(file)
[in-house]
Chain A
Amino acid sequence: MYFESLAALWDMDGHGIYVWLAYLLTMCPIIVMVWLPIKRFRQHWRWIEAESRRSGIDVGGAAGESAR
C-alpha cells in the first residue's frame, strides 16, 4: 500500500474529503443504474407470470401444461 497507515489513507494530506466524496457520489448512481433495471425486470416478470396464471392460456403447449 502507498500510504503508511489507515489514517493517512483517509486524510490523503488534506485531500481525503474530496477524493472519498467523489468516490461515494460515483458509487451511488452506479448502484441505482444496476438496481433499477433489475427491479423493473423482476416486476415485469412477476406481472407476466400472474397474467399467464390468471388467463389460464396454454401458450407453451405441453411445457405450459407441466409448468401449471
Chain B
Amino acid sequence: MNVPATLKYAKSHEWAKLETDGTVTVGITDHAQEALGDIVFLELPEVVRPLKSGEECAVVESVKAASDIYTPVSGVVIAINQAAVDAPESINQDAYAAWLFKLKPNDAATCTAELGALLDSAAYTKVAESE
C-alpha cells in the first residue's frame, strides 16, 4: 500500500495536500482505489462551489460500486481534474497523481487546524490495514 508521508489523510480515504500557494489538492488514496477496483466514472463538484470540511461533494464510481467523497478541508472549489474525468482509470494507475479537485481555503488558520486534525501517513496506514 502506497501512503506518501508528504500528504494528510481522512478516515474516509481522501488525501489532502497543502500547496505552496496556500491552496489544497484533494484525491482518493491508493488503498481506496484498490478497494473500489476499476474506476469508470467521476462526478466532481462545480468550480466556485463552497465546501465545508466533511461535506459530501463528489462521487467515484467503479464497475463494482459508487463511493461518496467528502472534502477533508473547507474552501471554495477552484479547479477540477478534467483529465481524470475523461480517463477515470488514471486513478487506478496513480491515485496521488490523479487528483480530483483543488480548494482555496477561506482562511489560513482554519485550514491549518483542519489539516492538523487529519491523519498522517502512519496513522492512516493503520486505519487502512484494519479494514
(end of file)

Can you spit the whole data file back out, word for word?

[in-house]
Chain A
Amino acid sequence: MYFESLAALWDMDGHGIYVWLAYLLTMCPIIVMVWLPIKRFRQHWRWIEAESRRSGIDVGGAAGESAR
C-alpha cells in the first residue's frame, strides 16, 4: 500500500474529503443504474407470470401444461 497507515489513507494530506466524496457520489448512481433495471425486470416478470396464471392460456403447449 502507498500510504503508511489507515489514517493517512483517509486524510490523503488534506485531500481525503474530496477524493472519498467523489468516490461515494460515483458509487451511488452506479448502484441505482444496476438496481433499477433489475427491479423493473423482476416486476415485469412477476406481472407476466400472474397474467399467464390468471388467463389460464396454454401458450407453451405441453411445457405450459407441466409448468401449471
Chain B
Amino acid sequence: MNVPATLKYAKSHEWAKLETDGTVTVGITDHAQEALGDIVFLELPEVVRPLKSGEECAVVESVKAASDIYTPVSGVVIAINQAAVDAPESINQDAYAAWLFKLKPNDAATCTAELGALLDSAAYTKVAESE
C-alpha cells in the first residue's frame, strides 16, 4: 500500500495536500482505489462551489460500486481534474497523481487546524490495514 508521508489523510480515504500557494489538492488514496477496483466514472463538484470540511461533494464510481467523497478541508472549489474525468482509470494507475479537485481555503488558520486534525501517513496506514 502506497501512503506518501508528504500528504494528510481522512478516515474516509481522501488525501489532502497543502500547496505552496496556500491552496489544497484533494484525491482518493491508493488503498481506496484498490478497494473500489476499476474506476469508470467521476462526478466532481462545480468550480466556485463552497465546501465545508466533511461535506459530501463528489462521487467515484467503479464497475463494482459508487463511493461518496467528502472534502477533508473547507474552501471554495477552484479547479477540477478534467483529465481524470475523461480517463477515470488514471486513478487506478496513480491515485496521488490523479487528483480530483483543488480548494482555496477561506482562511489560513482554519485550514491549518483542519489539516492538523487529519491523519498522517502512519496513522492512516493503520486505519487502512484494519479494514